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Anecdote For Fathers
by [?]


Designed to show that the practice of lying is not confined to children.

By the late W. W. (of H.M. Inland Revenue Service).

And is it so? Can Folly stalk
And aim her unrespecting darts
In shades where grave Professors walk
And Bachelors of Arts?

I have a boy, not six years old,
A sprite of birth and lineage high:
His birth I did myself behold,
His caste is in his eye.

And oh! his limbs are full of grace,
His boyish beauty past compare:
His mother’s joy to wash his face,
And mine to brush his hair!

One morn we strolled on our short walk,
With four goloshes on our shoes,
And held the customary talk
That parents love to use.

(And oft I turn it into verse,
And write it down upon a page,
Which, being sold, supplies my purse
And ministers to age.)

So as we paced the curving High,
To view the sights of Oxford town
We raised our feet (like Nelly Bly),
And then we put them down.

‘Now, little Edward, answer me’–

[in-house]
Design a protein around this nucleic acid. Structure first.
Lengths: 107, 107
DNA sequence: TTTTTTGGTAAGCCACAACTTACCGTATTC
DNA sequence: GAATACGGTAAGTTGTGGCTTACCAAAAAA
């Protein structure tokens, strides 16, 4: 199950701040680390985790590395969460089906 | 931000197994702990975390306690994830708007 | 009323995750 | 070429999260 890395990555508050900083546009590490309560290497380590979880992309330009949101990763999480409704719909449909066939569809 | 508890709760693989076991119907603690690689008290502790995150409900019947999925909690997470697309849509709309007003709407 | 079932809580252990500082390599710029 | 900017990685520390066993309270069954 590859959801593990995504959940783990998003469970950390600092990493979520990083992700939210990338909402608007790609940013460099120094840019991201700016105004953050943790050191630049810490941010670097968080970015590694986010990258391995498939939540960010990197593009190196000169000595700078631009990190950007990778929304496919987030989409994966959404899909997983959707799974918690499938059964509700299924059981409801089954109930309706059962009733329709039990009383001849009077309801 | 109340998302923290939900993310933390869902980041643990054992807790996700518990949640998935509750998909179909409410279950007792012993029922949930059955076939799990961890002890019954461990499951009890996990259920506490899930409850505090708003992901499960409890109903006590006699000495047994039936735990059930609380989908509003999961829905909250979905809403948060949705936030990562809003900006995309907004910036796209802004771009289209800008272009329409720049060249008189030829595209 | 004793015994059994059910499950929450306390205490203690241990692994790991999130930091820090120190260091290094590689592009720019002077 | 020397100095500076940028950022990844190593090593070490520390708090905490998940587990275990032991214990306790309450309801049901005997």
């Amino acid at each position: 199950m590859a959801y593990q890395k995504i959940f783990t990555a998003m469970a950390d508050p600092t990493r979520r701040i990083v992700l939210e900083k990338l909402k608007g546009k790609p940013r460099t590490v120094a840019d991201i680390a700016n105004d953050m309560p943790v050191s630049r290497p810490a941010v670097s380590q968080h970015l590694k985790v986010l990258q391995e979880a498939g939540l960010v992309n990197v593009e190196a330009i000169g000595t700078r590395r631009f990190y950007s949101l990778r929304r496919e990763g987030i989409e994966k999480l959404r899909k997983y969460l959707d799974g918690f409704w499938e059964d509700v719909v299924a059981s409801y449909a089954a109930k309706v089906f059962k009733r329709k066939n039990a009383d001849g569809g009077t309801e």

I said, and clutched him by the gown–
‘At Cambridge would you rather be,
Or here in Oxford town?’

My boy replied with tiny frown
(He’d been a year at Cavendish),
‘I’d rather dwell in Oxford town,
If I could have my wish.’

‘Now, little Edward, say why so;
My little Edward, tell me why.’
‘Well, really, Pa, I hardly know.’
‘Remarkable!’ said I:

‘For Cambridge has her “King’s Parade,”
And much the more becoming gown;
Why should you slight her so,’ I said,
‘Compared with Oxford town?’

At this my boy hung down his head,
While sterner grew the parent’s eye;
And six-and-thirty times I said,
‘Come, Edward, tell me why?’

For I loved Cambridge (where they deal–
How strange!–in butter by the yard);
And so, with every third appeal,
I hit him rather hard.

Twelve times I struck, as may be seen
(For three times twelve is thirty-six),
When in a shop the Magazine
His tearful sight did fix.

He saw it plain, it made him smile,
And thus to me he made reply:–
At Oxford there’s a Crocodile;[1]
And that’s the reason why.’

Oh, Mr. Editor! my heart
For deeper lore would seldom yearn,
Could I believe the hundredth part
Of what from you I learn.

NOTE:
[1] Certain obscure paragraphs relating to a crocodile, kept at the Museum, had been perplexing the readers of the Oxford Magazine for some time past, and had been distorted into an allegory of portentous meaning.